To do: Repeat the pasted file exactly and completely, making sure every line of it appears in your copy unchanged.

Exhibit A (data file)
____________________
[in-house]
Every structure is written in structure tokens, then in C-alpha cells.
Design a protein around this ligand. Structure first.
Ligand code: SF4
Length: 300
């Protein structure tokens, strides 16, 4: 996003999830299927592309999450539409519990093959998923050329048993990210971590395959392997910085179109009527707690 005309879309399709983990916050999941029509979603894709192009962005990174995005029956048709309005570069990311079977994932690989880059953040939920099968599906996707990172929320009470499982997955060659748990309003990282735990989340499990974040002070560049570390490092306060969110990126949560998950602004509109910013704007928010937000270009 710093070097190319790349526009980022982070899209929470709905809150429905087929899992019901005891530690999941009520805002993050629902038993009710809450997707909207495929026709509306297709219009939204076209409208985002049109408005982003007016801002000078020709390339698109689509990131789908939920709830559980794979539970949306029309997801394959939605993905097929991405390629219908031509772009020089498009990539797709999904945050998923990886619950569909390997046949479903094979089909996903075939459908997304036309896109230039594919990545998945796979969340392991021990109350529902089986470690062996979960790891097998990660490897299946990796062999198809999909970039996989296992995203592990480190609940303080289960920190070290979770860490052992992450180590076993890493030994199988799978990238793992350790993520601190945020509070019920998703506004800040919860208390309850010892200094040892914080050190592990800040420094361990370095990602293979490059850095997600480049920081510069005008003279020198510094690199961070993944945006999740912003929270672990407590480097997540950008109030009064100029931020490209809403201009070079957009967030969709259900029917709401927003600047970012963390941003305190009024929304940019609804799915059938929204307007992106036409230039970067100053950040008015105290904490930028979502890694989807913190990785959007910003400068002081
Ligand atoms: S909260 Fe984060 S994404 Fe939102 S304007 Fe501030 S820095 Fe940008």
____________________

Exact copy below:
[in-house]
Every structure is written in structure tokens, then in C-alpha cells.
Design a protein around this ligand. Structure first.
Ligand code: SF4
Length: 300
């Protein structure tokens, strides 16, 4: 996003999830299927592309999450539409519990093959998923050329048993990210971590395959392997910085179109009527707690 005309879309399709983990916050999941029509979603894709192009962005990174995005029956048709309005570069990311079977994932690989880059953040939920099968599906996707990172929320009470499982997955060659748990309003990282735990989340499990974040002070560049570390490092306060969110990126949560998950602004509109910013704007928010937000270009 710093070097190319790349526009980022982070899209929470709905809150429905087929899992019901005891530690999941009520805002993050629902038993009710809450997707909207495929026709509306297709219009939204076209409208985002049109408005982003007016801002000078020709390339698109689509990131789908939920709830559980794979539970949306029309997801394959939605993905097929991405390629219908031509772009020089498009990539797709999904945050998923990886619950569909390997046949479903094979089909996903075939459908997304036309896109230039594919990545998945796979969340392991021990109350529902089986470690062996979960790891097998990660490897299946990796062999198809999909970039996989296992995203592990480190609940303080289960920190070290979770860490052992992450180590076993890493030994199988799978990238793992350790993520601190945020509070019920998703506004800040919860208390309850010892200094040892914080050190592990800040420094361990370095990602293979490059850095997600480049920081510069005008003279020198510094690199961070993944945006999740912003929270672990407590480097997540950008109030009064100029931020490209809403201009070079957009967030969709259900029917709401927003600047970012963390941003305190009024929304940019609804799915059938929204307007992106036409230039970067100053950040008015105290904490930028979502890694989807913190990785959007910003400068002081
Ligand atoms: S909260 Fe984060 S994404 Fe939102 S304007 Fe501030 S820095 Fe940008």